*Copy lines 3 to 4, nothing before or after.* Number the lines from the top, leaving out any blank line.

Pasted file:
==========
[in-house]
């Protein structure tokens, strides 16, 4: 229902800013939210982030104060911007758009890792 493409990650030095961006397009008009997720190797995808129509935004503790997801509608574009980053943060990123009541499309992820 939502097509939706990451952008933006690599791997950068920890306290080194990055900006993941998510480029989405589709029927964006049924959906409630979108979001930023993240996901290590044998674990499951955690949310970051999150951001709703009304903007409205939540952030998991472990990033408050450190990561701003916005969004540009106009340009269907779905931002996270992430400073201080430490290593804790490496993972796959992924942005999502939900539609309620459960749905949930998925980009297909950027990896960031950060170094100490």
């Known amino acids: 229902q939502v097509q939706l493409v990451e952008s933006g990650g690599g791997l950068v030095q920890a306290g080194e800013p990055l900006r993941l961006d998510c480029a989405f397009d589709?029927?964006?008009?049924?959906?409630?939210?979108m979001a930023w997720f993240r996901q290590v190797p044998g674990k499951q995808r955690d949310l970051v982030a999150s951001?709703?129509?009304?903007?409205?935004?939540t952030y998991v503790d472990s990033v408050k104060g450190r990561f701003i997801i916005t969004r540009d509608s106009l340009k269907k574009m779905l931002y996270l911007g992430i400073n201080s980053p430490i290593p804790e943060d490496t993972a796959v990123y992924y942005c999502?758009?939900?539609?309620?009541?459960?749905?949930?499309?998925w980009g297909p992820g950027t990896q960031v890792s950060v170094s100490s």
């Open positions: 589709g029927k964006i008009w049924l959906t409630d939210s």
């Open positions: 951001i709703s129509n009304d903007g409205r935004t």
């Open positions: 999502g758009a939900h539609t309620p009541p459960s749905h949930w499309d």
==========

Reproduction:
């Known amino acids: 229902q939502v097509q939706l493409v990451e952008s933006g990650g690599g791997l950068v030095q920890a306290g080194e800013p990055l900006r993941l961006d998510c480029a989405f397009d589709?029927?964006?008009?049924?959906?409630?939210?979108m979001a930023w997720f993240r996901q290590v190797p044998g674990k499951q995808r955690d949310l970051v982030a999150s951001?709703?129509?009304?903007?409205?935004?939540t952030y998991v503790d472990s990033v408050k104060g450190r990561f701003i997801i916005t969004r540009d509608s106009l340009k269907k574009m779905l931002y996270l911007g992430i400073n201080s980053p430490i290593p804790e943060d490496t993972a796959v990123y992924y942005c999502?758009?939900?539609?309620?009541?459960?749905?949930?499309?998925w980009g297909p992820g950027t990896q960031v890792s950060v170094s100490s």
């Open positions: 589709g029927k964006i008009w049924l959906t409630d939210s």